Genetically Engineered/ modified organisms are made with the intention of improving quality of life. Genetic modification or engineering refers to application of a special set of gene technology whose end result is alteration of genetic machinery or composition of organisms such as plants, animals or even microorganisms (Smith 27). The whole process entails combination of genes from varying organisms (recombinant DNA technology), with the resulting ‘product’ being defined as transgenic, genetically modified or genetically engineered.
The most common GMOs are plant species. These crops possess characteristics such as resistance to herbicides, insecticides, viruses as well as certain types of weeds. They come with increased nutritional value such as increased vitamin and iron content. Most of these plants are able to withstand extreme weather conditions. Interestingly, there are some like bananas that are able to produce vaccines for resistance against certain diseases such as Hepatitis B. with genetic engineering, trees and other plants that would otherwise take forever to grow mature faster.
Genetic engineering dates way back in the 1940s when scientists first discovered the possibility of transferring genes between living organisms. Over time, several DNA transfer mechanisms, all which occur naturally, were developed (Bittman 69). An antibiotic-resistant tobacco plant was the very first Genetically Engineered crop to come into existence in later years (1983). China became the first country to take Genetic modification to a commercial level by introducing tobacco that was virus resistant in 1990. Four years later, USA’s Food and Drug Administration showed its support for GMO by approving modification of tomatoes that delayed on ripening after picking; ‘Flavor Saver Tomato’. After this, many other crops including herbicide resisting cotton, virus-resistant squash, soybeans, potatoes, corn, strawberries, lettuce and carrots were able to get marketing endorsement (Ronald 16-32). With time, this GMO wave spread across continents.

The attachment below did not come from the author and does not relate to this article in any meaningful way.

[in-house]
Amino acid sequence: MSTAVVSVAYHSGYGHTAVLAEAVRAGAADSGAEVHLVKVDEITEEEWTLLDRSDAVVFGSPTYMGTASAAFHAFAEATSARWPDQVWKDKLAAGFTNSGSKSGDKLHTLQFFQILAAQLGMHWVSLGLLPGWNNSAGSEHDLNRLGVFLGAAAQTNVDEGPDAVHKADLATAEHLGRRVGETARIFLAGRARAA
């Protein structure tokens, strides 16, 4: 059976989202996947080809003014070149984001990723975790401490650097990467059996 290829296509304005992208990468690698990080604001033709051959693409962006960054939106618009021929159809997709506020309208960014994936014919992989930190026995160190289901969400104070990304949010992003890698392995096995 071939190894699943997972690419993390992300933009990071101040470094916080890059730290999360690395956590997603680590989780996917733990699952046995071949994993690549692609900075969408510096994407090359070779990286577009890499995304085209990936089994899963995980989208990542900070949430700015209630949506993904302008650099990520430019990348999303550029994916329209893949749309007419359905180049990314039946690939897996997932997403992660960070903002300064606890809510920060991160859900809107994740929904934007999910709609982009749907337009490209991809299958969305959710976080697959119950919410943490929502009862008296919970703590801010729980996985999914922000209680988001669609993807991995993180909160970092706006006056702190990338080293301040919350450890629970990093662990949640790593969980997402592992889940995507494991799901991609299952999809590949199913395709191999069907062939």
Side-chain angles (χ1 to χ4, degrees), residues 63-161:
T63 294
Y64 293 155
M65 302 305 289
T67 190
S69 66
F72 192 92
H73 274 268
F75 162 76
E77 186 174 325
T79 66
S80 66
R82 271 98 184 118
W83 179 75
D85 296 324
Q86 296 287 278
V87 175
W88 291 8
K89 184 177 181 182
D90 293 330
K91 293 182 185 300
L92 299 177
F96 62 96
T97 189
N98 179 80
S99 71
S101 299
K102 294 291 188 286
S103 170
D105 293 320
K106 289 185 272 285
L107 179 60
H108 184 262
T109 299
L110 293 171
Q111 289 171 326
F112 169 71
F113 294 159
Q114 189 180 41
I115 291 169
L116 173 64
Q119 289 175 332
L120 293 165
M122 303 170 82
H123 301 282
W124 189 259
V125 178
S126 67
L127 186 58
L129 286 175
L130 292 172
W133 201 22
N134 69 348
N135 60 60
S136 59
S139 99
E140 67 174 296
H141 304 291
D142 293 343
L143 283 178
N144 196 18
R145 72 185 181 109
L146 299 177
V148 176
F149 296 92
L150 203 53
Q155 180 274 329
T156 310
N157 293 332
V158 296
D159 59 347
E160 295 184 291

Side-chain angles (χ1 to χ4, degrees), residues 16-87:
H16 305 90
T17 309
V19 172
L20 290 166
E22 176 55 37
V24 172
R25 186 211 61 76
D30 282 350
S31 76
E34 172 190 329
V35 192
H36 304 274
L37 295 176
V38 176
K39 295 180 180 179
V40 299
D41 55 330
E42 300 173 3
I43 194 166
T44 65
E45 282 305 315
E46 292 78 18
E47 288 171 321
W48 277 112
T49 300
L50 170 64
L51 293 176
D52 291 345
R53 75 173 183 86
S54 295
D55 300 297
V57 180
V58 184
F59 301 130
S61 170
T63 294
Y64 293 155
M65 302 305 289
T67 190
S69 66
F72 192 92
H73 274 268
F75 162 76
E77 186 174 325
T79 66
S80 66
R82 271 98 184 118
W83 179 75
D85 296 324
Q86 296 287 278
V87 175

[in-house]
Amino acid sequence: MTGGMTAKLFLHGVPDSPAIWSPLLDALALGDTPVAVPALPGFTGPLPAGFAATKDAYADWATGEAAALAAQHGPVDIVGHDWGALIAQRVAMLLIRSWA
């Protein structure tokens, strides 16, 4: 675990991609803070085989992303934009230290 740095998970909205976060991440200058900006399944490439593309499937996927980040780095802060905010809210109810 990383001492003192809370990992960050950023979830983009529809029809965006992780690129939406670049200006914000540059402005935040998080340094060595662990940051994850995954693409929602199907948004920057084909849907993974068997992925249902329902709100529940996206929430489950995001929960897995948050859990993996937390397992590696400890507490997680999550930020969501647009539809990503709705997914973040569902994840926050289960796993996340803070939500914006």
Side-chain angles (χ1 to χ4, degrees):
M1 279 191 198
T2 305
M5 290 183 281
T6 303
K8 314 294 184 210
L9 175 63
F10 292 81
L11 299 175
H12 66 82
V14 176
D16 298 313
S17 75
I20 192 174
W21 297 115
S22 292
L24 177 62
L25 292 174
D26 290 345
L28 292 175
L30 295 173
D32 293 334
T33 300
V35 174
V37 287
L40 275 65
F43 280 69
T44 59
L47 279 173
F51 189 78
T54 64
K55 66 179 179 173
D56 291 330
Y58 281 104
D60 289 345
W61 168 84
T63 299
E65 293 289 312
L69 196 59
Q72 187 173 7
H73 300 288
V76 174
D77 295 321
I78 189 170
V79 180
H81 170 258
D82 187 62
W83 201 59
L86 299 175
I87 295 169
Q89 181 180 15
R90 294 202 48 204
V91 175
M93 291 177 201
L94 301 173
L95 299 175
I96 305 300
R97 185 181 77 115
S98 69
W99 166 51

The very first step into embracing GMO is considering its safety. Transgenic organisms are as a result of incorporating other species’ genes to their DNA. Although this is a process that cuts across organisms, it is more common in plants than animals. It does come with certain advantages that would otherwise be wishful thinking.
Genetic Modified foods come in really handy in preventing the occurrence of certain diseases. Through modification of the DNA composition in these plants, all allergy causing properties are successfully eliminated (Lantz 113-119). This way GMOs, can as control diseases to some extent.
Increased Food Production
Genetically engineered crops grow much faster than traditional ones leading to an increase in food production. With the ‘better’ DNA composition, these crops are able to grow even in places that experience droughts or areas whose soil does not support agricultural production. With genetic modification, such plants are able to survive unfavorable climatic conditions and actually thrive amidst all odds. Normally, plants thrive with seasons. However, transgenic crops do well all year round, eliminating the seasonal aspect.
Lower Cost of Production